Mexico and Brazil - Rethinking the problem

As an increasingly violent and costly drugs war clogs up prisons with small-time users, some Latin American countries are abandoning hardline U.S. policies on consumption to intensify the fight against major traffickers. Convinced that the four-decade-old, U.S.-led war on drugs has failed, Argentina, Brazil, Chile, Ecuador, Mexico and other countries are relaxing penalties for possession and personal use of small amounts of narcotics.
Former presidents of Brazil, Colombia and Mexico issued a report last year saying U.S. coca crop eradication efforts in Latin America have merely pushed cultivation areas from one region to the other. "The dominant strategy has been the so-called 'war on drugs.'... This strategy has clearly failed. It must therefore be changed," former Brazilian president Fernando Henrique Cardoso said during a recent conference in Washington.
Most of the world's cocaine still comes out of the Andean countries of Colombia, Peru and Bolivia, even after billions of dollars spent eradicating crops.
In Mexico, the drug war has killed more than 16,000 people since late 2006 when President Felipe Calderon took office and deployed tens of thousands of soldiers to combat ruthless cartels that behead and dismember rivals, and bribe or intimidate police and judges.
Drug violence has also soared in Central America, where street gangs have taken over the trade and in some cases infiltrated political parties. Mexico is the world's biggest producer of marijuana and Paraguay, in the heart of South America, has taken the No. 2 position as demand grows in neighboring Argentina and Brazil.

Rethinking the problem
Brazil and Mexico, the two largest economies in Latin America, are taking the lead in a new approach to individual drug consumers. Brazil has partially decriminalized drug use and in Mexico, carrying small amounts of any drug is no longer a criminal offense.
In Argentina, President Cristina Fernandez is expected to soon send a drug reform bill to Congress that proposes sending users to treatment instead of jail, following on a Supreme Court ruling that made it illegal to prosecute drug consumers.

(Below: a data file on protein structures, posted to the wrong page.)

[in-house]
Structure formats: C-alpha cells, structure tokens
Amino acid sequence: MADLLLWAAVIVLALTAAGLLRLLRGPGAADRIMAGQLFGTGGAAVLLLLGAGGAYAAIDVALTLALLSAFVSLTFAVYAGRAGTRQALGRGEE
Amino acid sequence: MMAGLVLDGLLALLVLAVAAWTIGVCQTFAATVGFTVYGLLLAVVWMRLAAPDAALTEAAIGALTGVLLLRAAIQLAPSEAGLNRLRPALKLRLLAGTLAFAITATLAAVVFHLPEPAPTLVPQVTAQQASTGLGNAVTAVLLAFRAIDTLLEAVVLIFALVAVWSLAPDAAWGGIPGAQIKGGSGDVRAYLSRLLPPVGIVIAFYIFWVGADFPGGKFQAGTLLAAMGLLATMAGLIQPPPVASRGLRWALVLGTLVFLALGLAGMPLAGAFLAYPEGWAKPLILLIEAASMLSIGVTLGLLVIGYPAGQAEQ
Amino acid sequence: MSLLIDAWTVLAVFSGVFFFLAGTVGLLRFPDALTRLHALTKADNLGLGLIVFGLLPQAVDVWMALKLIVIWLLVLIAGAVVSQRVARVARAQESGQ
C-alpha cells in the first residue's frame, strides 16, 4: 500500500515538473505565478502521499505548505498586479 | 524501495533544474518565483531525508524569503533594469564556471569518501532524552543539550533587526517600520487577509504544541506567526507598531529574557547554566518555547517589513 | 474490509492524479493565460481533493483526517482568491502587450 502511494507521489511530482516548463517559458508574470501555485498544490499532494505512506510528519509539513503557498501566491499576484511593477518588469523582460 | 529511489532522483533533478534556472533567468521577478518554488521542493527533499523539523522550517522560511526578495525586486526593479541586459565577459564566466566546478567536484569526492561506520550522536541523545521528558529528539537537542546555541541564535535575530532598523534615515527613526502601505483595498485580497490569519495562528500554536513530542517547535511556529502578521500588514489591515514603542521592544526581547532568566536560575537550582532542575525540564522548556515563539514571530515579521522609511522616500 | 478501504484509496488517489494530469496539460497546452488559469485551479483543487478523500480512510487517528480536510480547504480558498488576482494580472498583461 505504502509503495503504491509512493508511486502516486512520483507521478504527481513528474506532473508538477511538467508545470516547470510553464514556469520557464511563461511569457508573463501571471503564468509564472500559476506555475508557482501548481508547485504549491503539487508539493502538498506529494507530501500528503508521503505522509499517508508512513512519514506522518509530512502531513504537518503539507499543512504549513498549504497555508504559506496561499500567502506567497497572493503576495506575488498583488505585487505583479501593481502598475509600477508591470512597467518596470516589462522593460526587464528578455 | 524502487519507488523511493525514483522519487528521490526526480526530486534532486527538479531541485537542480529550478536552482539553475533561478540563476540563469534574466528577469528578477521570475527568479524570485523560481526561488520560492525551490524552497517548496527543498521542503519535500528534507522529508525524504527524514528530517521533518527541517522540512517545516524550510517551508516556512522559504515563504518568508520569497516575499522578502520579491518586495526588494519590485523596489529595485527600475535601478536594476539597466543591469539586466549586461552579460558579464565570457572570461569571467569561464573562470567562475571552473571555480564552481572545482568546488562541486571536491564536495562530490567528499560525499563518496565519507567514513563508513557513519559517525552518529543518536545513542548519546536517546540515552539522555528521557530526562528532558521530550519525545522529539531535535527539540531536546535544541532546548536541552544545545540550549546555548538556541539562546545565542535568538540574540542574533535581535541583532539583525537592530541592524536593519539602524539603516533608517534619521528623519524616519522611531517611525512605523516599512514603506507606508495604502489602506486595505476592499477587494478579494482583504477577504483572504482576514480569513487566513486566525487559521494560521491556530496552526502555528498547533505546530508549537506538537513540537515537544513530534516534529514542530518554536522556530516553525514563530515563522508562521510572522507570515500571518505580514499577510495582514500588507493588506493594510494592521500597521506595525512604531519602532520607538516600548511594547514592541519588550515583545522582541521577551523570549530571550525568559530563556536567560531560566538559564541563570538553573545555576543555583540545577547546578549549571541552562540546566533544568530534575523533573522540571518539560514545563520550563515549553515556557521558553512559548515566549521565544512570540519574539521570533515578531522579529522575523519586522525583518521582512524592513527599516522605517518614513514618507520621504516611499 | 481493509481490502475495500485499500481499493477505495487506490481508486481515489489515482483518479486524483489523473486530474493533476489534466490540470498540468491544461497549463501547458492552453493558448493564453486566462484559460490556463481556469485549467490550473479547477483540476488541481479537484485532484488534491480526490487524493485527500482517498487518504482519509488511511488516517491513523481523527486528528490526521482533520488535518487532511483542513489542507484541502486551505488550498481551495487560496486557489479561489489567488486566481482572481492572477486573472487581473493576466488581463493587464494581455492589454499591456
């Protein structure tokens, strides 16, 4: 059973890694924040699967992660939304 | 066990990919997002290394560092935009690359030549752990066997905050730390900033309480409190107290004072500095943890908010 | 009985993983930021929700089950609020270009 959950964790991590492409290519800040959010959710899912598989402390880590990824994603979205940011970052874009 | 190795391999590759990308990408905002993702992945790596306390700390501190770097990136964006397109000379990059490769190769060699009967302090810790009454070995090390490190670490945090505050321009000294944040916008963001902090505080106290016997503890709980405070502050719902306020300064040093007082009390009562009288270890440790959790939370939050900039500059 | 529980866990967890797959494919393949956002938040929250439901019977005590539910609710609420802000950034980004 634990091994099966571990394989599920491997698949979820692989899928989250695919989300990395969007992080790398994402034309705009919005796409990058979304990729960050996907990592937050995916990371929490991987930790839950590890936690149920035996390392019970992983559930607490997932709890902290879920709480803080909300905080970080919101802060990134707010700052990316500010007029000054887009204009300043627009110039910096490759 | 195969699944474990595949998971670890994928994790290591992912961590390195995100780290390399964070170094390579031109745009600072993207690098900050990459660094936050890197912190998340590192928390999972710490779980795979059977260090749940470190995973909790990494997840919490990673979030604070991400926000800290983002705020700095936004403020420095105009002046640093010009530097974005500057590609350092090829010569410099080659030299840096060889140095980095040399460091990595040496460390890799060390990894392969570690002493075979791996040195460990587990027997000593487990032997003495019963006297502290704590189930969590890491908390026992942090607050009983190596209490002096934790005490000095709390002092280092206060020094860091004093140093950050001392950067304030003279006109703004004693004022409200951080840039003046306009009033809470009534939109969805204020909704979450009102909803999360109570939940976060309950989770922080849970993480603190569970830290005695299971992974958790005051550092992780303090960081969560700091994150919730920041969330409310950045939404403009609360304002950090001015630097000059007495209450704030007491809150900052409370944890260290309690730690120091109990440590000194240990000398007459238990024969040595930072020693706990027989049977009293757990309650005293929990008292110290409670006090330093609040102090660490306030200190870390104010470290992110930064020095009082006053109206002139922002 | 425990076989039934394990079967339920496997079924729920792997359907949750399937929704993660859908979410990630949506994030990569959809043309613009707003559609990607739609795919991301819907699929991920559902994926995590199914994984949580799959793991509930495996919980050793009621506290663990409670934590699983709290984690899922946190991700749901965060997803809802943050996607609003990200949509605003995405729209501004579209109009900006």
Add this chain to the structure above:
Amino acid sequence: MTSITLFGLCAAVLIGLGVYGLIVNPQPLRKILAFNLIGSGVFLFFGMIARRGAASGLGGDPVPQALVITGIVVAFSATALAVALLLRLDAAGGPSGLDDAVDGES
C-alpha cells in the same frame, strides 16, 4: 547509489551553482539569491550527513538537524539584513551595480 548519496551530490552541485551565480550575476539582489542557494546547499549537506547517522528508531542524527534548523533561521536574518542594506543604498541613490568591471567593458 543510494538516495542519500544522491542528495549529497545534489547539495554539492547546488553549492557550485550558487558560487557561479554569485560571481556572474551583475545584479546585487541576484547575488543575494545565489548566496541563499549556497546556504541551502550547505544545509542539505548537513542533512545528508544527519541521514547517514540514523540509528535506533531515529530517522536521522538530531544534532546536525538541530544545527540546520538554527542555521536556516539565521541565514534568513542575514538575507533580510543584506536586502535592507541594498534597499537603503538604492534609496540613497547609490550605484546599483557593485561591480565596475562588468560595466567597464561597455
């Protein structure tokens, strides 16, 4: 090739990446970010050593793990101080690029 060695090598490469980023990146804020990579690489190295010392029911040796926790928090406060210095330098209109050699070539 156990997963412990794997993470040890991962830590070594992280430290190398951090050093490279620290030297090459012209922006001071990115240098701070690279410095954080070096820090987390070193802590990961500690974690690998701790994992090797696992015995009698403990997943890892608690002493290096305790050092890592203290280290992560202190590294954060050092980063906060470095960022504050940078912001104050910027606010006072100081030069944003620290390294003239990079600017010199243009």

"The U.S. is retreating from imposing a model," said John Walsh, head of drug policy for the Washington Office on Latin America think tank. "The White House... is going to be taking a more measured approach to talking about drug policy." Even some areas of the United States, the top global drug consumer, are rethinking their approach, with more than a dozen states now allowing marijuana use for medical purposes.

Editors opinion
One has to realize the current US drug policies are costing lives and money and they are not working. Marijuana should be legalized and taxed like alcohol and cigarettes. That will get rid of a significant portion of the problem. For hard drugs, it is time to mount a publicity campaign denouncing users, rich or poor, as murderers. It’s they’re demand that makes the drug business profitable and causes world wide misery.
Put the harsh realities of drug violence on prime time TV. Denounce Hollywood and the pop music industry every time they release "entertainment" that in any way excuses or glamorizes drug use and trafficking. At the same time keep educating our young people and keep busting the bigger players with tough mandatory sentencing including the death penalty. It is appropriate for the murderers that they are.
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